- Page 1Bayan Audio 3
- Page 2 Sound Quality, Value and Verdict
- Big sound for size
- Good max volume
- Cute design
- Three source inputs
- Good remote
- Bass dominates at low volume
- Mono output
- Review Price: £79.99
- 5.25in bass driver
- 2in mid-treble driver
- 30-pin front Apple dock
- Dual auxiliary inputs
- Remote control
As the iPhone dock market has developed, new features have continually been introduced. Wireless streaming, integrated batteries, fancy controller apps and video screens have all done the rounds. The Bayan Audio 3 rejects all of these periphery features, focusing instead on producing a big sound for a small price. And while it’s not perfect, virtually no docks of this size and price pack as quite as much wallop as this little monster.
The Bayan Audio 3 boasts a slightly unusual design. An amalgamation of power and portability, of clear compromises and surprising benefits, it’s at once familiar and something a little new.
Size-wise, it’s a happy bedroom-sized unit. It extends back a little more than a bedside radio like the Logitech Squeezebox Radio, but is the sort of unit that’ll fit into rooms without too much re-arranging.
What’s impressive in a sub-£80 speaker like this is its use of sturdy-feeling materials. The Bayan Audio 3 is made up of two main parts, a hard plastic housing for the main driver and a 1cm thick slab of wood, making up the rest of the front. It’s a real step up from the glossy black plastic often seen in entry-level docks like this, and the use of a matt finish helps to give it a touch of classiness.
Yep, it’s basically some bits bolted onto a subwoofer
It also tempers the Bayan Audio 3’s brasher design elements. With exposed silver speakers, and an all-too-clear Bayan logo on the larger one, we can’t help but feel this dock could have been made all the more lounge-friendly with a design tweak or two. But compared with the larger Bayan Audio 7, it’s a real cutie. The one on-body control visible during normal use is the touch-sensitive power button up top, which glows blue or red depending on whether the dock is turned on or not.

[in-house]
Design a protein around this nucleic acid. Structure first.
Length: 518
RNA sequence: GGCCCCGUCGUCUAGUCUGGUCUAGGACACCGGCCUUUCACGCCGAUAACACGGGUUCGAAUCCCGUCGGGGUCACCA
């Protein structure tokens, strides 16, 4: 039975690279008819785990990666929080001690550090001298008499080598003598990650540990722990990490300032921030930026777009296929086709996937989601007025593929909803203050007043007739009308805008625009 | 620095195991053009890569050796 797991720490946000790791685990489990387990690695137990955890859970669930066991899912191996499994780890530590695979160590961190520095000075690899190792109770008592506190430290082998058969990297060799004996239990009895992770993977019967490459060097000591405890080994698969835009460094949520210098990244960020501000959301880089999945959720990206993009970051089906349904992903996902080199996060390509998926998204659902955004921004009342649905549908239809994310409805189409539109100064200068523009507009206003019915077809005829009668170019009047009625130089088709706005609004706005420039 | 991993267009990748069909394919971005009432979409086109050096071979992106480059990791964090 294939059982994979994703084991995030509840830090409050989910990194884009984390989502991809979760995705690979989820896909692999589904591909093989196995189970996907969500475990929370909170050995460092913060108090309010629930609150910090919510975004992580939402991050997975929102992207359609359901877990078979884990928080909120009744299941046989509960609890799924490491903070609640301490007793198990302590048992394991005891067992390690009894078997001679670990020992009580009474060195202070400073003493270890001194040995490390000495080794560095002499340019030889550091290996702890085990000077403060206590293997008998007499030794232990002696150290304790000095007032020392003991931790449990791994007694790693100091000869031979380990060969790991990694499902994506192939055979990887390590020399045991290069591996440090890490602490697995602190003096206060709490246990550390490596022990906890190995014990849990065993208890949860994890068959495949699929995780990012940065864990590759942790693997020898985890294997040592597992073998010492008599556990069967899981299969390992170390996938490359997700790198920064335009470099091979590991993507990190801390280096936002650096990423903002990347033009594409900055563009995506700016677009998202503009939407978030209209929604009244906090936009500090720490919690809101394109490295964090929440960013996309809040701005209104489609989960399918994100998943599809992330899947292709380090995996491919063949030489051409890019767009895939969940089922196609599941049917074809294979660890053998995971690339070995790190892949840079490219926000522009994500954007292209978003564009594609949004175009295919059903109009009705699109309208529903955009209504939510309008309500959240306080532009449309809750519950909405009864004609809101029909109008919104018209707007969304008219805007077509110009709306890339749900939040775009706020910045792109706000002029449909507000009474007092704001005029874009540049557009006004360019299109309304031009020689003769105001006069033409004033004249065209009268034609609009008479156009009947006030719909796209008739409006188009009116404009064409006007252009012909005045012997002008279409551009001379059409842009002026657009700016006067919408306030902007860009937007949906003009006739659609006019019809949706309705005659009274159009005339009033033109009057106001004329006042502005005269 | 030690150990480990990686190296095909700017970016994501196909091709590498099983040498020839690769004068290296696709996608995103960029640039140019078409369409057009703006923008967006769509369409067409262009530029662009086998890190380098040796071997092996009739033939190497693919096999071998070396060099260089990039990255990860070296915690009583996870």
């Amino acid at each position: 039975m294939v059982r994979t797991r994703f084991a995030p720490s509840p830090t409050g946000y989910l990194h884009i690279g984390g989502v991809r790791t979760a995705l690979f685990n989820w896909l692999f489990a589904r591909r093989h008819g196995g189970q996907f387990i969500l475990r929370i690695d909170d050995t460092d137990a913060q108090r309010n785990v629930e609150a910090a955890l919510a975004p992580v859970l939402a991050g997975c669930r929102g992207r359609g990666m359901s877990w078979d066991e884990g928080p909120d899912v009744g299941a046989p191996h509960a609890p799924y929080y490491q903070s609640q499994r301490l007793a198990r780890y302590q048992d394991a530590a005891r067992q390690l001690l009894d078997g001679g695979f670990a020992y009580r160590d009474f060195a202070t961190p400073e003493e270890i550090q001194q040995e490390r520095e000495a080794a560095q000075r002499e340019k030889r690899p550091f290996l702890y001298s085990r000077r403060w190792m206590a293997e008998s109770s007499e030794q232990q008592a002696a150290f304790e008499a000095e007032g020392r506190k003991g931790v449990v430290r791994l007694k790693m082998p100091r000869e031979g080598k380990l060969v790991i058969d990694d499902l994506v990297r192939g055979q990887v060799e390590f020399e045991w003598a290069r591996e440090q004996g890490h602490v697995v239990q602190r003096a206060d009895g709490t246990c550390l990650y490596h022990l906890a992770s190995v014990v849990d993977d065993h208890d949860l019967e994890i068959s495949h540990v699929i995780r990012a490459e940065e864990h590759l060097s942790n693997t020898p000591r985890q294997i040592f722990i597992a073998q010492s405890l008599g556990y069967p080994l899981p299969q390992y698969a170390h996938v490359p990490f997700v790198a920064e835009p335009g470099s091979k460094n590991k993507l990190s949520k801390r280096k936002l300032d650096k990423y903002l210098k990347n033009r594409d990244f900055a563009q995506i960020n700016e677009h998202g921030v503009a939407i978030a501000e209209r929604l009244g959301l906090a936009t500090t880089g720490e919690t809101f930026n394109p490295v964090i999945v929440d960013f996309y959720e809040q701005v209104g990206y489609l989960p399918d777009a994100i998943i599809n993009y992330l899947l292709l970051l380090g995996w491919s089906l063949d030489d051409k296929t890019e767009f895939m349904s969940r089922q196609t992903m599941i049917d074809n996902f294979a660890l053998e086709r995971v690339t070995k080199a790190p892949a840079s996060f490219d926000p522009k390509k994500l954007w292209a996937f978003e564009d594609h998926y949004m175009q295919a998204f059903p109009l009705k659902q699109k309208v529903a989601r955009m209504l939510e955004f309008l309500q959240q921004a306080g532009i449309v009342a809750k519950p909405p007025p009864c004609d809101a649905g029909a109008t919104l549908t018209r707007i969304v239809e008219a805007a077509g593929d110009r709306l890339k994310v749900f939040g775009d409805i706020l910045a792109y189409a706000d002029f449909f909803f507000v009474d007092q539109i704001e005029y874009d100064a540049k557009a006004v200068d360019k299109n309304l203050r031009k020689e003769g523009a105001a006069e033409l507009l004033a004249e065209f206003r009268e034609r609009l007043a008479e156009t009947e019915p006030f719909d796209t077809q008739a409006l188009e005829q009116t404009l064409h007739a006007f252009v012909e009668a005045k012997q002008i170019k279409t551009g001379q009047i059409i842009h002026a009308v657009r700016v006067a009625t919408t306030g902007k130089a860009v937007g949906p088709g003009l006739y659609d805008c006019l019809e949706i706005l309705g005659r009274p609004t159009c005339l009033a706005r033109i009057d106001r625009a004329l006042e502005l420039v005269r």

The simple feature set of the dock rules-out needing a display. On its front, there’s a 30-pin dock designed to house iPhones and iPod touches – there’s not enough room to shove an iPad on here. However, tablets are catered-for.
Around the back, there’s a USB port and auxiliary 3.5mm audio input. Although not as neat a solution as an all-in-one dock port, this lets you charge and take audio from a wide variety of non-iOS devices, including Android tablets and phones.
Note the manual volume controls on the rear
An unusually generous extra, the Bayan Audio 3 includes yet another 3.5mm audio input on the rear, giving a total of three devices that can be plugged-in at once. You could, for example, plug in your computer as well as a tablet and phone – although the speaker arrangement doesn’t lend the dock to work as an all-round computer speaker system. A 3.5mm-to-3.5mm cable comes in the box too (although ours started falling apart at the jack plug during testing).
The supplied remote control lets you switch easily between these three inputs. This remote won’t strike you with its beauty, but it’s a very high-quality number for a sub-£100 dock. Instead of a generic credit-card size remote, it’s a chunky rubber-buttoned affair that gives you access to EQ, volume and playback controls, and also lets you navigate remotely through an iPod or iPhone’s menu system. The same remote used by the £300 Bayan Audio 7, it wins the cheaper, smaller dock a fistful brownie points.
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